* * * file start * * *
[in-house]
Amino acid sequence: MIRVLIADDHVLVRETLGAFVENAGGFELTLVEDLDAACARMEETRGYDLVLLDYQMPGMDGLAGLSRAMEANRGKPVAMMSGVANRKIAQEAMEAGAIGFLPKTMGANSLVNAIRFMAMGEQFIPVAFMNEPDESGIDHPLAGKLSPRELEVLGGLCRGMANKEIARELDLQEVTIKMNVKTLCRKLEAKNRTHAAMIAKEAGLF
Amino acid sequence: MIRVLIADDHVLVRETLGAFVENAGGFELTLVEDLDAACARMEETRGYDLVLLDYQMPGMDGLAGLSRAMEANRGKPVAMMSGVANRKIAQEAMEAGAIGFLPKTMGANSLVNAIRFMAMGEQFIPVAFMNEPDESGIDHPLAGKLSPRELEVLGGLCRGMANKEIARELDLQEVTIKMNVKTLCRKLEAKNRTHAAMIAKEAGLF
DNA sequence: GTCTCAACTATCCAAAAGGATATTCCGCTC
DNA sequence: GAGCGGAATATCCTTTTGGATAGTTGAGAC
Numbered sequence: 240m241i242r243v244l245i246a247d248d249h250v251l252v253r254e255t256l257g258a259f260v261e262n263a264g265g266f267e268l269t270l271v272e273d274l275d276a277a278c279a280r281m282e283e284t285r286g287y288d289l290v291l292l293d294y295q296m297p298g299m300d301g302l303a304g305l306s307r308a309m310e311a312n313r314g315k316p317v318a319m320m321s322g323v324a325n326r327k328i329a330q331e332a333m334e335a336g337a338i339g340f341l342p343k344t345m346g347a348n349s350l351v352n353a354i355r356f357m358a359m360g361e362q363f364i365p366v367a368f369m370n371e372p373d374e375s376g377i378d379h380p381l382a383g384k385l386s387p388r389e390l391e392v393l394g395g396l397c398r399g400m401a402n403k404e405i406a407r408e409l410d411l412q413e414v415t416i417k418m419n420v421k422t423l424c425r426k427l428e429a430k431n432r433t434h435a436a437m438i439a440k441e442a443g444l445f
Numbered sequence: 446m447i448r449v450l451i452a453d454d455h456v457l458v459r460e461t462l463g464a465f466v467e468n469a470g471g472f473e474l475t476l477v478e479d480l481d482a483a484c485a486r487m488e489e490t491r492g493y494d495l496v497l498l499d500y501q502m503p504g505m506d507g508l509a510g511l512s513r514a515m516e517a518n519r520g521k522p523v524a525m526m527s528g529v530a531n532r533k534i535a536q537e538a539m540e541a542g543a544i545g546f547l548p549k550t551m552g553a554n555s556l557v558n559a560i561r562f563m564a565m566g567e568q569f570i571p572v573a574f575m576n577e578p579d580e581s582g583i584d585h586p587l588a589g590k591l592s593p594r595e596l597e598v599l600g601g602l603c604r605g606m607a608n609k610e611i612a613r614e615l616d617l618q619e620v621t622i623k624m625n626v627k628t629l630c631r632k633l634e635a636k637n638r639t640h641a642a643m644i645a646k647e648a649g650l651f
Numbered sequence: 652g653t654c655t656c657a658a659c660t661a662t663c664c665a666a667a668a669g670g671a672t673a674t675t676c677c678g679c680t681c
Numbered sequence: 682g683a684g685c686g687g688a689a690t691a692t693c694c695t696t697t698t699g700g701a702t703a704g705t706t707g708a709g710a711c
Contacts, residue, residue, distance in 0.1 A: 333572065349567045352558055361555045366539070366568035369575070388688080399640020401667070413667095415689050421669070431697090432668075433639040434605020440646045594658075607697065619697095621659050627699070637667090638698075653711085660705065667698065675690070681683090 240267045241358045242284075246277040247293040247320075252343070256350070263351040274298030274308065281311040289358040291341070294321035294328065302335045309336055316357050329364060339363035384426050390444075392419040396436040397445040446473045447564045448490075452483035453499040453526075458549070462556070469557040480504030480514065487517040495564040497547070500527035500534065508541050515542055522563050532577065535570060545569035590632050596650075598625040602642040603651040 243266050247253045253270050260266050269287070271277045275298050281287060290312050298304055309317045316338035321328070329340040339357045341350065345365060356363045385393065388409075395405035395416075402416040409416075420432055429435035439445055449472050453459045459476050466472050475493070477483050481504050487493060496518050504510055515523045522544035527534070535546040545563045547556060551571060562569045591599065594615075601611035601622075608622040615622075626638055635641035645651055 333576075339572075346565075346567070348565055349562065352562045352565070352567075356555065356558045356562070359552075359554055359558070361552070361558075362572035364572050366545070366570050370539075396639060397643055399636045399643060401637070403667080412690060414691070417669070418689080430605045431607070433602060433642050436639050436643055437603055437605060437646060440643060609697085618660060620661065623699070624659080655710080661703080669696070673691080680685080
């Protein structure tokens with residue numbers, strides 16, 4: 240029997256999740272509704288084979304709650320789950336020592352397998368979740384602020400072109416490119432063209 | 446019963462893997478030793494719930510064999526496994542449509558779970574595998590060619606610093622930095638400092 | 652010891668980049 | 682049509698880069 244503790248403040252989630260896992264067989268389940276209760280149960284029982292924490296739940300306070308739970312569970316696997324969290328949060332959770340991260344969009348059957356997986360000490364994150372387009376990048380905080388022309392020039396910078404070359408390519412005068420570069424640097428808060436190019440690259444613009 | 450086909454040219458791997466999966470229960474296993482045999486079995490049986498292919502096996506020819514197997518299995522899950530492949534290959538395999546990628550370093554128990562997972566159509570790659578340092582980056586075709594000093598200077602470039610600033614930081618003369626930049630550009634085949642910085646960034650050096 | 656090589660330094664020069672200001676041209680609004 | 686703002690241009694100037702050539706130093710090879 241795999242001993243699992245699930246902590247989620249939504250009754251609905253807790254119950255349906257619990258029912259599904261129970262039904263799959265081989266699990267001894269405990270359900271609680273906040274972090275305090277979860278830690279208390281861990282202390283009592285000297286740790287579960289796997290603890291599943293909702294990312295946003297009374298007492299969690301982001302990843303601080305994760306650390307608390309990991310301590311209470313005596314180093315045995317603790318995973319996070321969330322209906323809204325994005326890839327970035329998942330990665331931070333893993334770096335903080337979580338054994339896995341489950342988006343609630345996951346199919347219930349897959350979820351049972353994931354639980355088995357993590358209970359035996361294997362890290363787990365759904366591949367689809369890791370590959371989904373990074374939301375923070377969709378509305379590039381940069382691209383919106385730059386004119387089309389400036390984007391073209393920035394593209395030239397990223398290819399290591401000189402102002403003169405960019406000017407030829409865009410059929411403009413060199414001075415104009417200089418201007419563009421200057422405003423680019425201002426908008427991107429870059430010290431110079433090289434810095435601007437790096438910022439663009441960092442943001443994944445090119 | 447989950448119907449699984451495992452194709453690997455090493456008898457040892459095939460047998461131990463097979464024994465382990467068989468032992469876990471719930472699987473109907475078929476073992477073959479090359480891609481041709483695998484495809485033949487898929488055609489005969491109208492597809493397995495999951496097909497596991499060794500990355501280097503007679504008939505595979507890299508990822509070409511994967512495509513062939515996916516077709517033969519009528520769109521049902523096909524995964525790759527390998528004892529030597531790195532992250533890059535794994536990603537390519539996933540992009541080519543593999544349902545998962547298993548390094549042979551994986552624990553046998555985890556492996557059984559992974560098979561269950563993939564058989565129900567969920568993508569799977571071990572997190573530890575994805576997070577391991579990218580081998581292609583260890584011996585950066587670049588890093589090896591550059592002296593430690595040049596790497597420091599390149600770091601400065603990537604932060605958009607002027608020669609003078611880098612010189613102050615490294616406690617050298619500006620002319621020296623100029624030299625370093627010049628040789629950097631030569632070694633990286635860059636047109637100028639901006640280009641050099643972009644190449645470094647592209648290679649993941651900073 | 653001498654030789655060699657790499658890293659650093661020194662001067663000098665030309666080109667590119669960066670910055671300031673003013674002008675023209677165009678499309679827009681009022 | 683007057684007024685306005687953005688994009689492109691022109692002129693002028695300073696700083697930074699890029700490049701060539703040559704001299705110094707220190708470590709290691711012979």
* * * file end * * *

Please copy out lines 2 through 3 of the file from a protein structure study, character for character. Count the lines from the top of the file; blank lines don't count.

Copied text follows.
Amino acid sequence: MIRVLIADDHVLVRETLGAFVENAGGFELTLVEDLDAACARMEETRGYDLVLLDYQMPGMDGLAGLSRAMEANRGKPVAMMSGVANRKIAQEAMEAGAIGFLPKTMGANSLVNAIRFMAMGEQFIPVAFMNEPDESGIDHPLAGKLSPRELEVLGGLCRGMANKEIARELDLQEVTIKMNVKTLCRKLEAKNRTHAAMIAKEAGLF
Amino acid sequence: MIRVLIADDHVLVRETLGAFVENAGGFELTLVEDLDAACARMEETRGYDLVLLDYQMPGMDGLAGLSRAMEANRGKPVAMMSGVANRKIAQEAMEAGAIGFLPKTMGANSLVNAIRFMAMGEQFIPVAFMNEPDESGIDHPLAGKLSPRELEVLGGLCRGMANKEIARELDLQEVTIKMNVKTLCRKLEAKNRTHAAMIAKEAGLF